Problem, reaction, solution?
GM bananas are likely to be approved in Australia by April, after being submitted to regulators.
If passed, it would not only make them the world’s first GM bananas, but also the first genetically-modified fruit available for cultivation and consumption at home.
The banana, known as QCAV-4, has been “engineered” by scientists to ‘become resistant to the fungus known as Panama disease’, which has reportedly caused havoc on the Cavendish industry.
As a ‘solution’ to this fungus, GM bananas are now set to replace them.
Professor James Dale from Queensland University of Technology (QUT), who led QCAV-4’s development, said the GM variety “…offered a safety net for growers in the event that the Australian industry was wiped out by TR4”.
A very ‘conveniently’ timed outbreak to occur in recent years throughout this industry, on the road to Agenda 2030 and the total transformation of our food systems.
And an even more ‘convenient’ ‘solution‘ to emerge in response to the decline of this fruit.
Leon Collins, chair of the Australian Banana Growers’ Council, had this to say:
Food Standards Australia (FSANZ) recently called for public comment on the banana, and have assured that “…the future sale of any genetically-modified fruits would be clearly labelled for consumers”.
The research team says they are not planning on immediately releasing the banana for commercial production or consumption if approved, but it is certainly waiting in the wings. Perhaps to see who the highest bidder will be first, like the Bill & Melinda Gates Foundation.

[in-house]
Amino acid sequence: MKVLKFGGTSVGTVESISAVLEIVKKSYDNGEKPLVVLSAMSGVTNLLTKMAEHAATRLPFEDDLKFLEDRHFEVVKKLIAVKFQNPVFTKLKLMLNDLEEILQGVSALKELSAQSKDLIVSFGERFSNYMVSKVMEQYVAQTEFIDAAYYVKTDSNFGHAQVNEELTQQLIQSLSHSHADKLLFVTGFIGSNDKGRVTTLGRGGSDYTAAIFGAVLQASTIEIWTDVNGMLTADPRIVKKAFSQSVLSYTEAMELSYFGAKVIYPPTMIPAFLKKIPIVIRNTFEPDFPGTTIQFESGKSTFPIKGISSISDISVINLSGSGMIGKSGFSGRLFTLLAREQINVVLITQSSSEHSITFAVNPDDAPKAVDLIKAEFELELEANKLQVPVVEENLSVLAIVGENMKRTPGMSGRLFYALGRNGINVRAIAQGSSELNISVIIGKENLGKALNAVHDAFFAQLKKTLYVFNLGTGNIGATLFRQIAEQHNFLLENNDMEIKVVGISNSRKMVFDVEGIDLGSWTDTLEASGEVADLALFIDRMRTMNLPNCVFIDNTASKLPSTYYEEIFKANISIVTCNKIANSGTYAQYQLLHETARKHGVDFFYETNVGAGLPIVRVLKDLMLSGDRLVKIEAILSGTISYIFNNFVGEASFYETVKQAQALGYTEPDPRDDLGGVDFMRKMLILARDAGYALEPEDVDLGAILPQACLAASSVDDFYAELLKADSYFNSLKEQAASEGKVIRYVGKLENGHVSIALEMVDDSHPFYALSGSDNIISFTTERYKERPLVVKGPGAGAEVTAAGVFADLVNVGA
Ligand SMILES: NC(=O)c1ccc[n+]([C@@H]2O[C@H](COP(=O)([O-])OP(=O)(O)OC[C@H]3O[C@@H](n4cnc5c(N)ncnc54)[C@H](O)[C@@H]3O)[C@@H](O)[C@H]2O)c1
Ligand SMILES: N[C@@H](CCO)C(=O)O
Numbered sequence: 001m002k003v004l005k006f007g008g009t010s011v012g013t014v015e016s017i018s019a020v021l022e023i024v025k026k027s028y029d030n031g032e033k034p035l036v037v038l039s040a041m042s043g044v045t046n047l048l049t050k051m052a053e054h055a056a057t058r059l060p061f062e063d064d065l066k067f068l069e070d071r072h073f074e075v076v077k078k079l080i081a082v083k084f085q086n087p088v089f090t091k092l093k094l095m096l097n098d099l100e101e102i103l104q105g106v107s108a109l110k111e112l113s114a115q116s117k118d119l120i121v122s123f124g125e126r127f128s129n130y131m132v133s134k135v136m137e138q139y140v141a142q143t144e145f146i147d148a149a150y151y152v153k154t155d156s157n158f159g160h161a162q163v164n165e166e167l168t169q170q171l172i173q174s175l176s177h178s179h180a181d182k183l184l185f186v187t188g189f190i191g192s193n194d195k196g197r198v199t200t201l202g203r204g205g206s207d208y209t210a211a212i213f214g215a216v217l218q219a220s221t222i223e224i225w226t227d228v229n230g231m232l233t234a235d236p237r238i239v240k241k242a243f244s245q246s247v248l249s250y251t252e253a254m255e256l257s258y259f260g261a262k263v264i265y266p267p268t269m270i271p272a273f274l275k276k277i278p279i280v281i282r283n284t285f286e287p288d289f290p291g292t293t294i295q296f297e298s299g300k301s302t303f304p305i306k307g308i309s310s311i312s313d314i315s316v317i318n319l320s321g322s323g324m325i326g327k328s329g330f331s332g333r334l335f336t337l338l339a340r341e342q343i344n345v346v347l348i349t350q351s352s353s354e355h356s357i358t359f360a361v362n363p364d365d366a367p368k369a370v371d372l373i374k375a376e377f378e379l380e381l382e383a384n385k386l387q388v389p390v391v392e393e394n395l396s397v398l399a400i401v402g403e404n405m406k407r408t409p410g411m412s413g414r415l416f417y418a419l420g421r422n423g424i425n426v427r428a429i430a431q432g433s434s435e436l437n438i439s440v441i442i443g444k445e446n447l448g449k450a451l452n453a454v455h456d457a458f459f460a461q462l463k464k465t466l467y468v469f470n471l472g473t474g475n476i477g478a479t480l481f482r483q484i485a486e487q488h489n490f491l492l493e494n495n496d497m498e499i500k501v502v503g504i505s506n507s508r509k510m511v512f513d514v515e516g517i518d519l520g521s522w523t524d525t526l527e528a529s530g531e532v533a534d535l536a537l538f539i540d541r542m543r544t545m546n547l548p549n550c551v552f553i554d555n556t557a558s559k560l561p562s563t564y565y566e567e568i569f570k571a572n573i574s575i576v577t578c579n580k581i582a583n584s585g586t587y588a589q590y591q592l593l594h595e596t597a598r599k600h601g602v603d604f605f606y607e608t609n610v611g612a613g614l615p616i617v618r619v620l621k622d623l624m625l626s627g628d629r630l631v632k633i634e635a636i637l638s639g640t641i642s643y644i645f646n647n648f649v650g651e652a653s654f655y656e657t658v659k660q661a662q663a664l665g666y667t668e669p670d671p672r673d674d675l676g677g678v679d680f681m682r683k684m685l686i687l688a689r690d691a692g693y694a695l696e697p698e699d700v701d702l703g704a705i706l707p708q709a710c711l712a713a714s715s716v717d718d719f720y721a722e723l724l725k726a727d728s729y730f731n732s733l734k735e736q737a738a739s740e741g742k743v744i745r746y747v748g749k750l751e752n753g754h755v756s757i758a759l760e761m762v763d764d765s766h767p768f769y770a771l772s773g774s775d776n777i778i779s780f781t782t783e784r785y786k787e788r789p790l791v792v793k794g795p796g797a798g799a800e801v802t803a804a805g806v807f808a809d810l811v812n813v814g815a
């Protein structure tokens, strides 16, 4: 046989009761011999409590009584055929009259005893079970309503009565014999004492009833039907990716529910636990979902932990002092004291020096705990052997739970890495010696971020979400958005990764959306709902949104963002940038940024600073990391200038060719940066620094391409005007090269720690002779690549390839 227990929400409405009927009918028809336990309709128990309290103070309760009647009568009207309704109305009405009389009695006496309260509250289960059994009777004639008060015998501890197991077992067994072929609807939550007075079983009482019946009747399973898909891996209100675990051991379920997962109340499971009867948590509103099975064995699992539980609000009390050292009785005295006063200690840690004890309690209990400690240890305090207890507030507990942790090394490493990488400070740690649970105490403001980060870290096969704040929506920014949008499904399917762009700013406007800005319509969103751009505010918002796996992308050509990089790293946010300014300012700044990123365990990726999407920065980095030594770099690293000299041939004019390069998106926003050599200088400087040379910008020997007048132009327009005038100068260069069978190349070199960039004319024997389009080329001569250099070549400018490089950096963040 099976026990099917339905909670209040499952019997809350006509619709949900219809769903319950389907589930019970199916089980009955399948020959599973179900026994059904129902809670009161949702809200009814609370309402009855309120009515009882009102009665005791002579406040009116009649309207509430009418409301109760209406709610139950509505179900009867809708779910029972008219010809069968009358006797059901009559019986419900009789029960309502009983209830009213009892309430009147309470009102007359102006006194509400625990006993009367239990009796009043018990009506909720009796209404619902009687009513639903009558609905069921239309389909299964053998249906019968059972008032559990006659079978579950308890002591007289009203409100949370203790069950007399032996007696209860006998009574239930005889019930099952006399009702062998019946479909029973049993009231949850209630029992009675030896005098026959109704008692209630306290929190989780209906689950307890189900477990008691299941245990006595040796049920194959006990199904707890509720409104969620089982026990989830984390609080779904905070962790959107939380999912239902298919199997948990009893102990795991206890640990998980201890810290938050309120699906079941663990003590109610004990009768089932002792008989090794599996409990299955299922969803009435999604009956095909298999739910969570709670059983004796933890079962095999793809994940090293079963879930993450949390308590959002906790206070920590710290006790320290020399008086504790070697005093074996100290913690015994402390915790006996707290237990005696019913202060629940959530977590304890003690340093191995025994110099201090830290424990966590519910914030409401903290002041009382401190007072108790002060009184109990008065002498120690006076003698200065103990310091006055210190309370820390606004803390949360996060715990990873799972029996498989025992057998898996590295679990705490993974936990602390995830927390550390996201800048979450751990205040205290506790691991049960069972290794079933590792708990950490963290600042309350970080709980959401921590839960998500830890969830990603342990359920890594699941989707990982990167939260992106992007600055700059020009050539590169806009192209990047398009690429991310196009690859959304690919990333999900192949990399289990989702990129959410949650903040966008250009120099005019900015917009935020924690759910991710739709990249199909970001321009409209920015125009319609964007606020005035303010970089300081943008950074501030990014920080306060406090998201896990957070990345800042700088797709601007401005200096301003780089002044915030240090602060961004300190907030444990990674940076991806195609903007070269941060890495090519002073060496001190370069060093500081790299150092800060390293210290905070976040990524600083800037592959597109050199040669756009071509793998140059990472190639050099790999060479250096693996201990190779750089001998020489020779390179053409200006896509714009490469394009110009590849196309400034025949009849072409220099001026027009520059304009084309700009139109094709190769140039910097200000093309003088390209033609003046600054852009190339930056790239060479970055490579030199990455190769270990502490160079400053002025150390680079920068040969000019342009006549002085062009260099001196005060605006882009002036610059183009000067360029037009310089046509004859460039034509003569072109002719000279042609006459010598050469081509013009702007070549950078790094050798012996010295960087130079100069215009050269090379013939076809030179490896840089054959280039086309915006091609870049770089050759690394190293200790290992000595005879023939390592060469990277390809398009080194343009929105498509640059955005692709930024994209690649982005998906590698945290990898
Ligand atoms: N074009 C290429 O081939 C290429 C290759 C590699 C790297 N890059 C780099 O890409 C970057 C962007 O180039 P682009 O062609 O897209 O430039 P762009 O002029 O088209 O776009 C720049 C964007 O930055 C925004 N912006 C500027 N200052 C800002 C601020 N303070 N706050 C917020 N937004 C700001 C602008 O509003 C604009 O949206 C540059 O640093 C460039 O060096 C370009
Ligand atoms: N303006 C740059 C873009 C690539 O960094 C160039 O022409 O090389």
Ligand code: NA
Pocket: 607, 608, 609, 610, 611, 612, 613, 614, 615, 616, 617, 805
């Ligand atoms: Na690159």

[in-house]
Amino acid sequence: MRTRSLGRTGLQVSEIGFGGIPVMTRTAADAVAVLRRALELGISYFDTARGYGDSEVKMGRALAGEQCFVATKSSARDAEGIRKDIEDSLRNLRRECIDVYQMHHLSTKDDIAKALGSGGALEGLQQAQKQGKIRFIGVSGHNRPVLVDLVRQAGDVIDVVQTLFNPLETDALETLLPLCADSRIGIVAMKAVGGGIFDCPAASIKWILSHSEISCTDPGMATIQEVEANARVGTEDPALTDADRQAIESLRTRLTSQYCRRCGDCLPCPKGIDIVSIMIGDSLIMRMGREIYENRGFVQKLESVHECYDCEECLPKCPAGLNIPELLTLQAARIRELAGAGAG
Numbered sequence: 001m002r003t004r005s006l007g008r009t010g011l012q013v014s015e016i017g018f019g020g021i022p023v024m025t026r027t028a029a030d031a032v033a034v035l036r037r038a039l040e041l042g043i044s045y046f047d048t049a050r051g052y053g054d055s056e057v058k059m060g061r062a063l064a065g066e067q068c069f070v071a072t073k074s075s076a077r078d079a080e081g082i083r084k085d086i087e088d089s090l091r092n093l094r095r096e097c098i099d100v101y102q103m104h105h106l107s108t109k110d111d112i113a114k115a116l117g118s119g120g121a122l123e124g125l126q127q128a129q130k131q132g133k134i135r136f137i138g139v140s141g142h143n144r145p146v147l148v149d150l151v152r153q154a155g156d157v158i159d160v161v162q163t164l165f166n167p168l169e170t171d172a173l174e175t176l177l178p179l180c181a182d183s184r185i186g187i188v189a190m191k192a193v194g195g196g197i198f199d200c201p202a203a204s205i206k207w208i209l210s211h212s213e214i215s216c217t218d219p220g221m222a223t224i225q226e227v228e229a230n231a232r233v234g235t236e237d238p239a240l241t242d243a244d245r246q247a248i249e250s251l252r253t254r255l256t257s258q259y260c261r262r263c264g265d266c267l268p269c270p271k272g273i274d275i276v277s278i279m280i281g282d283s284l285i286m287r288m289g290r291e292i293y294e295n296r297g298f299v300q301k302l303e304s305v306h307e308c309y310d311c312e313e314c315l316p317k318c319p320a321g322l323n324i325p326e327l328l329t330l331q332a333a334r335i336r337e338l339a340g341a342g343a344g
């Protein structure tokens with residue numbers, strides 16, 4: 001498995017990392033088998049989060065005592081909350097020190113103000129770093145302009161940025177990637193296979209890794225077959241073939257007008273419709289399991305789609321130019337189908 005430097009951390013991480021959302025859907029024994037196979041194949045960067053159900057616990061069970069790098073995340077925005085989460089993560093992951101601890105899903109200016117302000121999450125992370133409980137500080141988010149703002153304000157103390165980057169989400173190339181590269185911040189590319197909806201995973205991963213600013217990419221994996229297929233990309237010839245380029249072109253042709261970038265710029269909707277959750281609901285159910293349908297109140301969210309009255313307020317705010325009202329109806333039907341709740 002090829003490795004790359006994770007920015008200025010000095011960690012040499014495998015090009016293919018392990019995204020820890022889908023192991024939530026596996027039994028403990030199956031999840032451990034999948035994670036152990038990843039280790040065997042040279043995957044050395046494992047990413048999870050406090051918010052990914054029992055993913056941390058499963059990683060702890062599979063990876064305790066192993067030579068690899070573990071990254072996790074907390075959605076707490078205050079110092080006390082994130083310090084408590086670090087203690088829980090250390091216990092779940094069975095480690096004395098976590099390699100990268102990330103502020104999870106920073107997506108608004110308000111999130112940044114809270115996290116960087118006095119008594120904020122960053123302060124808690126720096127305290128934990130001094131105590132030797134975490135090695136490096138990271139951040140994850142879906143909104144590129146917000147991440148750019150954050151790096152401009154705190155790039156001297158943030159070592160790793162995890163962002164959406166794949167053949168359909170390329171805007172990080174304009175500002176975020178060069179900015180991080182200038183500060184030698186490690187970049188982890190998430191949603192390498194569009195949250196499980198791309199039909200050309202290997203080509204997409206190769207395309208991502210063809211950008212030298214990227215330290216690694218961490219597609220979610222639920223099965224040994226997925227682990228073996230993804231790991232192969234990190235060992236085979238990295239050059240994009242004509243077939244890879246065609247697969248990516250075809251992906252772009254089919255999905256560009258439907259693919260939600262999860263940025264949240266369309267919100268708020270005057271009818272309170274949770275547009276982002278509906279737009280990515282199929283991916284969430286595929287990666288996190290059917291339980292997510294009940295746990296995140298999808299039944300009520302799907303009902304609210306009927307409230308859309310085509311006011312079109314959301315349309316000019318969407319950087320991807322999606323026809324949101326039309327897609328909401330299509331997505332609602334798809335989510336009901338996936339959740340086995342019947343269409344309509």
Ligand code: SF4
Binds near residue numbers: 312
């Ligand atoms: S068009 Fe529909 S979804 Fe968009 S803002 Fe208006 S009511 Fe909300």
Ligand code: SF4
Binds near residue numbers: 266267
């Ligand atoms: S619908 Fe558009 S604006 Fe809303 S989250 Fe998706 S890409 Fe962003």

The last decade has witnessed ‘the gates become unlocked’ in regards to genetically-modified crops here in Australia, following a string of de-regulations and lifting of long-standing bans.
GM FOODS IN AUSTRALIA
TOTT News has covered the rise of genetically-modified organisms and evolving techniques since the very beginning of our website, and now we are witnessing the full-scale arrival.
In 2012, a younger and naïve Ethan (who thought politics was real) sent a letter to then-Prime Minister Julia Gillard about my concerns over calls for the introduction of genetically-modified wheat.
For years, three genetically modified crops have grown in Australia: cotton, canola and safflower.
This has begun to snowball since that last map was developed, with multiple states lifting longstanding bans on GM crops to allow for greater circulation (no longer needed at special testing sites).
Over time, it’s not just the ‘modification’ of existing crops that have become the concern. It is the ‘Frankenstein’ food that has been given the green light as well.
New advancements in technology have allowed for the rise of fake food, lab-grown food, and more.
In 2019, Australia moved to deregulate many controversial gene-editing techniques:
The recent discovery of a ‘supercharged’ CRISPR technique will allow scientists the opportunity to transform seeds, crops and foods in a way that ‘connects them to the environment’.
And now, we are witnessing next-generation CRISPR-Cas9 gene-editing techniques coming to Europe to completely upheaval the system, with Italy banning lab-grown food to fight back.
Indeed, it is not just bananas that are set to go to the wayside. The goal is to replace everything we consume with more ‘sustainable’ freak foods engineered by scientists.
There has never been a better time to regain control of our food sovereignty.
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